It feels like the last three months or so has been nothing but news about virtual reality finally becoming actual reality. First the Oculus Rift finally shipped (if you launch a piece of hardware but don't actually fulfill any orders, does it make a sound?), then the HTC Vive released, followed by Sony's E3 keynote which made it clear they're all in on VR as well. I've been admittedly down on VR for a long time, personally. Part of it is limited experience - I tried an Oculus dev kit at Boston FIG back in September, but it didn't really do anything for me. In fairness, the software I was trying wasn't particularly exciting, and the headset kept nudging my glasses enough to break the immersion. Even beyond that, though, it feels like VR is a promise that's been made for as long as I've been aware of technology.
I remember first looking at colleges in Boston in the mid-90s and coming across an internet cafe called CyberSmith that had Dactyl Nightmare set up in the foyer. I didn't try it then, but I desperately wanted to. Obviously, that wasn't to the level of what we have today, but it's been two decades since I was first confronted with the possibility of strapping goggles onto my face and entering another world, and the closest that I've gotten until now is the 3DS.
So after hearing all the hype and the stories of wonder and magic, it was announced that Sony would be conducting demos of Playstation VR at Best Buy and Gamestop following E3. I decided it was time to give VR a fair test on hardware that was intended to be released to the public. So I got in the car and drove to a Best Buy(!) in Worcester(!!) to finally experience the future for myself.
I'll say, in terms of product demonstrations conducted at Best Buy, this was one of the better ones I've experienced. I've been to Nintendo's collaborations with Best Buy to demo Super Smash Bros and Super Mario Maker, and those ranged from slow to utter fiasco, with long lines snaking around the store, a single hardware station that needed to be rebooted, and longer than necessary demo periods. This demo had a reasonable line that moved fairly consistently, with a Sony employee who knew the technology well, the demos were ready to go ahead of the start time, and he made sure to wipe down all the equipment in between each demonstration.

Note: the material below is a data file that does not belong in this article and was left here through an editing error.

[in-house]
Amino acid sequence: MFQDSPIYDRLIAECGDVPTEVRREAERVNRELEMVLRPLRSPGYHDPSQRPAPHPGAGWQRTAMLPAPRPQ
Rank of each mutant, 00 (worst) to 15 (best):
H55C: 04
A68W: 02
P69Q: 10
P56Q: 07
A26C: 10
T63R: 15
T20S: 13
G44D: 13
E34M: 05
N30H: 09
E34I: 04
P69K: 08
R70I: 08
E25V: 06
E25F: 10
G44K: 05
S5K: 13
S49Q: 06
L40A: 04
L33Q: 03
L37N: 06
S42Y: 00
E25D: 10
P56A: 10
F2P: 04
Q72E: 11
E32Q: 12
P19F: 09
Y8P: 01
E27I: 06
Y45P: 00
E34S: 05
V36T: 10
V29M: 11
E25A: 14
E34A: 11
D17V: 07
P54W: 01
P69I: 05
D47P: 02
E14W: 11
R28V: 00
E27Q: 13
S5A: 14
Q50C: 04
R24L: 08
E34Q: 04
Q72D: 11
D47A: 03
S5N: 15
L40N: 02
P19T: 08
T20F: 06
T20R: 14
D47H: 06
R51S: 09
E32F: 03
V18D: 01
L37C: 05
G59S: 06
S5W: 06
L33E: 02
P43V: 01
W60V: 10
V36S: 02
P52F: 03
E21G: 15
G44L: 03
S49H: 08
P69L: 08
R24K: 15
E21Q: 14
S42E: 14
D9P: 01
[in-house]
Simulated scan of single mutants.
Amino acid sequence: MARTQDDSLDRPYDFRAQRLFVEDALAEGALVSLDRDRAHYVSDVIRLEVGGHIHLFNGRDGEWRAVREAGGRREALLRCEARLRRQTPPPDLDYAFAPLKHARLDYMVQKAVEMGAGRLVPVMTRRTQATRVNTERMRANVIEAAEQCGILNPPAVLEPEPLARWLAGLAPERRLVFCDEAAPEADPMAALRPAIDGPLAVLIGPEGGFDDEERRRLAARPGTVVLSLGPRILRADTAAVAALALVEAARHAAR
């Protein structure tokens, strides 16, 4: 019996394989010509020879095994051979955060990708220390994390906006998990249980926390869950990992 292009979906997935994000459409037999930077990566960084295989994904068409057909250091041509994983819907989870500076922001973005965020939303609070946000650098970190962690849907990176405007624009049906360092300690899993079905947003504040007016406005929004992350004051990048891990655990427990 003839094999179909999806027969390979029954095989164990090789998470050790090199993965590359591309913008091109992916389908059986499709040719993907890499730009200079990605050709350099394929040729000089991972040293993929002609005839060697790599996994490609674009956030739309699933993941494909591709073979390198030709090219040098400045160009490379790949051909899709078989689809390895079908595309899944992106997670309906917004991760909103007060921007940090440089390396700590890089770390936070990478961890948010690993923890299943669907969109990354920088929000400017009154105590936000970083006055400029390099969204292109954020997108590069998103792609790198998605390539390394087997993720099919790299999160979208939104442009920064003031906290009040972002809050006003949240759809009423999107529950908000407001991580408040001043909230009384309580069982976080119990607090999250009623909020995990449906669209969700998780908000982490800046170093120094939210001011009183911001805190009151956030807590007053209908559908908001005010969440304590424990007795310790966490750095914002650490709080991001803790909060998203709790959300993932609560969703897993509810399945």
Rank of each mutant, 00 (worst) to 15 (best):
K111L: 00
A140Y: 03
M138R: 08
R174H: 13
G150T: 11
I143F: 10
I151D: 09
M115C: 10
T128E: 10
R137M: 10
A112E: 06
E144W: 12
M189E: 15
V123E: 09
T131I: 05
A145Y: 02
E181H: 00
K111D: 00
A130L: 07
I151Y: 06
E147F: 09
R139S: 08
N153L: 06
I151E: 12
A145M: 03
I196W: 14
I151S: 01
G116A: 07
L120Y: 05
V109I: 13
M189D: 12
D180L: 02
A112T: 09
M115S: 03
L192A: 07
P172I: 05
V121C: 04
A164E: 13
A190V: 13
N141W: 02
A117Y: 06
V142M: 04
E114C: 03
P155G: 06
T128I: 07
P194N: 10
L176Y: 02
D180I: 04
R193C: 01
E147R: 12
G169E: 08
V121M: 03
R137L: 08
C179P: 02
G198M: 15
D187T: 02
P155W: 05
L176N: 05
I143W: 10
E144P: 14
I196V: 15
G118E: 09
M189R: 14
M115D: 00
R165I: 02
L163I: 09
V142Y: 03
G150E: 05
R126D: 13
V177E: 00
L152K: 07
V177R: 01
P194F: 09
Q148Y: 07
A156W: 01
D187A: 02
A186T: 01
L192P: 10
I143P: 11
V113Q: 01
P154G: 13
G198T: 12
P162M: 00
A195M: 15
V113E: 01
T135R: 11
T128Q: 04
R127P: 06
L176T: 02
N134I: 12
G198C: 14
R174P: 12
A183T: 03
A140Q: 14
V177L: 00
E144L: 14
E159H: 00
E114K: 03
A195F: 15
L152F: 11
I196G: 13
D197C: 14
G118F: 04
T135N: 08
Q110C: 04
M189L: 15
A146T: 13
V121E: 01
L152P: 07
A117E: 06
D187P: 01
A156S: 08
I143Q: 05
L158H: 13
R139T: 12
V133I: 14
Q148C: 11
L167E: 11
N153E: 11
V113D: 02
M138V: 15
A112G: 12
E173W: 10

The excitement to try the unit was palpable from the few people in line ahead of me. The two people immediately in front of me had driven from Albany to Worcester just to try PSVR, and filmed each other on their phones as they played. From chatting with them in line, I learned that they had apparently made similar treks for Oculus and Vive demos. I was honestly starting to believe the longer I waited in line, watching the 2D representation of what the demo participants were playing on the TV in front of them.
There were a handful of game demos on hand, including Battlezone (a tank sim), SuperHyperCube (a puzzle game), and soccer and ocean diving simulations, but the only game anyone chose to play (myself included) was Eve: Valkyrie, which is a space combat game in the vein of the classic X-Wing games. As I waited in line, I saw the cadence of the demo repeatedly: The headset was put on and calibrated, the participant looked around the cockpit, then launched into space and chased enemy starships for about three minutes until the glass of the cockpit cracked and the screen faded to black, indicating that the demo period had ended. Everyone who tried it seemed to be impressed afterward; my new two friends in line in particular were especially blown away. Finally, it was my turn. I put on the headset, had it adjusted for blurriness, and, well...
I wasn't really impressed.